Mature fish will migrate long distance on an annual basis, meaning one day they are plentiful and the next day they aren’t. Over the years it has been interesting to watch the timing of goldeye migration. Are we catching them because we are presenting what they want to eat that time of year or have they been there the whole time and are only now just being selective in their diet?

Late summer and early fall have always been a favourite time to target goldeye. A good day will produce over 50 fish, and just when you think you’ve caught your biggest ever, an even larger one tends to show up. Goldeye congregate in good habitat, and it isn’t uncommon to catch several fish from the same location. A fish on the line often stirs the river up and can turn fish on to feed. The turbid water makes it difficult for the fish to see what’s going on, but with deep, flat sides they can feel and sense the movement of other fish. When you get a big one stirring up a deep pool with every move in the book to get away, it just triggers more goldeye to feed.


Goldeye have huge eyes to help them see in the turbid waters they hunt. They also have sensitive lateral lines that can pick up vibrations from a long way off. Their nostrils are well pronounced, and fishing with bait always seems to trigger more action.

Minnows, leeches, scented plastic baits, and other smelly baits create a scent stream in the river that goldeye will sense and follow. Get a jig and minnow to the bottom, and it is only a matter of time before one of them bites.

Spinners and crankbaits put off lots of vibration with blades or movement, which can also trigger goldeye. Do not underestimate the ability of goldeye to feel vibration and home in on your bait. Even spoons work well for attracting and catching fish. When fishing the rivers for walleye and pike we often have people vertically jigging and someone throwing a spoon. It never fails that the extra flash and vibration attract fish and most of the time the goldeye follow the spoon back to the boat where the jiggers catch them. My theory is the spoon is too big to eat, but the goldeye get excited all the same. They head for the bottom and smack dab into the bait being fished by other anglers.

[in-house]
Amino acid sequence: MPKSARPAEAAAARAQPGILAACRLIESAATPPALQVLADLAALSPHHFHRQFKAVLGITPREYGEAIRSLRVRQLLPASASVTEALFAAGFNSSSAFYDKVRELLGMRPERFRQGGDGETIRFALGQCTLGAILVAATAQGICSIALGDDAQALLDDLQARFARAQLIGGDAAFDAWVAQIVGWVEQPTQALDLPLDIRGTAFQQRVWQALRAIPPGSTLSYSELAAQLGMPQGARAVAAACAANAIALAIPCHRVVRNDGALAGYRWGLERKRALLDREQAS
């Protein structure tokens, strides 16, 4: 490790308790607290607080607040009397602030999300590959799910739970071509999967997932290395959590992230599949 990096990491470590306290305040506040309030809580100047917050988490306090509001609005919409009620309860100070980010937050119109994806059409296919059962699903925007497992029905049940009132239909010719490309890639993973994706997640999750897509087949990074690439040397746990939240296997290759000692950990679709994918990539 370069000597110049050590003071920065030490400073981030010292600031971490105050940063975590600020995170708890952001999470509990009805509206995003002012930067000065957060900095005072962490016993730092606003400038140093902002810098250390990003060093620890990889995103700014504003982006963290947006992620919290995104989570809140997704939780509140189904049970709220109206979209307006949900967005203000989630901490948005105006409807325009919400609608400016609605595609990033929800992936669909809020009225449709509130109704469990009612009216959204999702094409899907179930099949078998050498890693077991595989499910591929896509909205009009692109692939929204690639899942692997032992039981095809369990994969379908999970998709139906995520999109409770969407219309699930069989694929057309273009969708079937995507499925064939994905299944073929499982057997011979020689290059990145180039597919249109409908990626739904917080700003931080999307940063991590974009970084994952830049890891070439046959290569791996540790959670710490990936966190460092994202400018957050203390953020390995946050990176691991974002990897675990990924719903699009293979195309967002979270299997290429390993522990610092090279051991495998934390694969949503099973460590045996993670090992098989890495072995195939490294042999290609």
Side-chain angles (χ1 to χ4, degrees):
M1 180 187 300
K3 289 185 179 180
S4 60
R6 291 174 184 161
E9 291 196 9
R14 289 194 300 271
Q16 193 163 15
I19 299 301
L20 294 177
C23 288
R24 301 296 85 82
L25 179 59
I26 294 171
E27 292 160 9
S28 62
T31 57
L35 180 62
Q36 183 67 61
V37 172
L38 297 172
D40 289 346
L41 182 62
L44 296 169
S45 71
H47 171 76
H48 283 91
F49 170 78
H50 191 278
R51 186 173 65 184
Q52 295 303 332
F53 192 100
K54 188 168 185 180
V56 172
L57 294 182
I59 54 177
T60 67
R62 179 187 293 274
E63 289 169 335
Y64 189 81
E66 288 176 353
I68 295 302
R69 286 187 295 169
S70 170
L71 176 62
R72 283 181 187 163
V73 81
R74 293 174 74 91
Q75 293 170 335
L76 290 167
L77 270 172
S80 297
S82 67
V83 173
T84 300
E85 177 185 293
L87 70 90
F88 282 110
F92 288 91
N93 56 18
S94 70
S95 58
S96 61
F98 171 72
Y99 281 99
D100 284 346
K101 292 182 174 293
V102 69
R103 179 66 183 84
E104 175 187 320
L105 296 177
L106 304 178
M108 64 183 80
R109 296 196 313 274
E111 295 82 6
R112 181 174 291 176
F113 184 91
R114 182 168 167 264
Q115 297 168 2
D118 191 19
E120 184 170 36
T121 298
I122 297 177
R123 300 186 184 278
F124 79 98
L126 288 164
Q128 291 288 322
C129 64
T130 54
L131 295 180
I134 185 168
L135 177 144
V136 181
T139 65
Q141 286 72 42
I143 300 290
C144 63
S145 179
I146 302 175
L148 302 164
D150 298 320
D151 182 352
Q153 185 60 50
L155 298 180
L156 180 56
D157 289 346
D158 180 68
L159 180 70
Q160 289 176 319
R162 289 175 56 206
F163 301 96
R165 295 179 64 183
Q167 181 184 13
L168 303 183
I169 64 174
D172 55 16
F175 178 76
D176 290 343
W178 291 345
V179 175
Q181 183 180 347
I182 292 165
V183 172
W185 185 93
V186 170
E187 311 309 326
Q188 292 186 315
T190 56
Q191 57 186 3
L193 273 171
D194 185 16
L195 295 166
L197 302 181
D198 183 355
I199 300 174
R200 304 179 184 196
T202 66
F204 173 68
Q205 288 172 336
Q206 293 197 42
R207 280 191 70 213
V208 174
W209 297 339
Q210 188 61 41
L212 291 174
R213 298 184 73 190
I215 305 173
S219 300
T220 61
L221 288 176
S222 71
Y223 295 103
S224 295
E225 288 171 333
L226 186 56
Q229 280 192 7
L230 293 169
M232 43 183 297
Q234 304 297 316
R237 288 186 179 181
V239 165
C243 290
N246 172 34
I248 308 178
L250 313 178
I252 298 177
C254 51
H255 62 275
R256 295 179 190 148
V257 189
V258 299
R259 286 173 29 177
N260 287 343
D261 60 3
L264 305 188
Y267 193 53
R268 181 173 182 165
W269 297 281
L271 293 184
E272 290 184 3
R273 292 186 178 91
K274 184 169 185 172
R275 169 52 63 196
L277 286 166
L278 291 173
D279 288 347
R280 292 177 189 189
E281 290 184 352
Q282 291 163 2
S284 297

Big spoons may be a hefty meal for most goldeye, but the smaller ones are dynamite. Colour, flash, and vibration are often the best approach for any river-dwelling fish species. It is unclear if there is a colour that works better than another, but brass and silver are always good choices, as they have lots of light-refracting capability. There is little doubt goldeye can see well in the mud-stained water, as they hit hooks squarely when targeted.

boatAn ultra-lite rod makes goldeye feel like chinook salmon. You don’t need heavy rods and fishing line to angle old yellow eyes in Alberta rivers successfully. Most people will tackle them with the same gear used for walleye fishing, as you never know how many species of fish you’ll catch on an outing. When you target goldeye, you’ll catch walleye and pike, and when you fish for walleye, you’ll catch goldeye. The best advice is to gear for a variety of fish you could catch on any day on the water.

Steel-blue scales along the back, sterling silver sides, and a brilliant yellow eye make the goldeye unmistakable for anglers. The attractive features on this fish should attract hoards of anglers on its own, but they are like the Rodney Dangerfield of sportfishing in Alberta, meaning they garner “no respect”.

If you’re looking for a new angling challenge, target goldeye this season and see if you can figure them out from ice out, till freeze up. They are abundant, will lead you to some of the prettiest country in Alberta, and will keep a steady bend in your rod. If you want to get brave, try one as table fare. Smoked goldeye never lasts long around our house, and we try to do a batch at least once a year.

Keeping Fish?

If you plan on keeping goldeye for the table, there are a couple of recommendations. Do not freeze your catch, but rather utilize them fresh, as they are extremely delicate, and the flesh breaks down easily. Make sure to pack a cooler with ice to transport and store fish. The heat on even a cloudy day will quickly turn fish soft to the touch. Proper care and handling will ensure you have the best product for an honest taste test.

The Hi Mountain Brown Sugar or Gourmet Fish Brine kits are awesome for preparing dressed fish for the smoker. Don’t try to fillet goldeye, as their thin bodies make for thin fillets, and having the skin on the entire fish for smoking makes for a better end product. For a traditional look, gut, and gill the fish and smoke them head on. The golden eye takes on a unique appearance when smoked and is a dead giveaway for anyone that has enjoyed smoked goldeye.

By Brad Fenson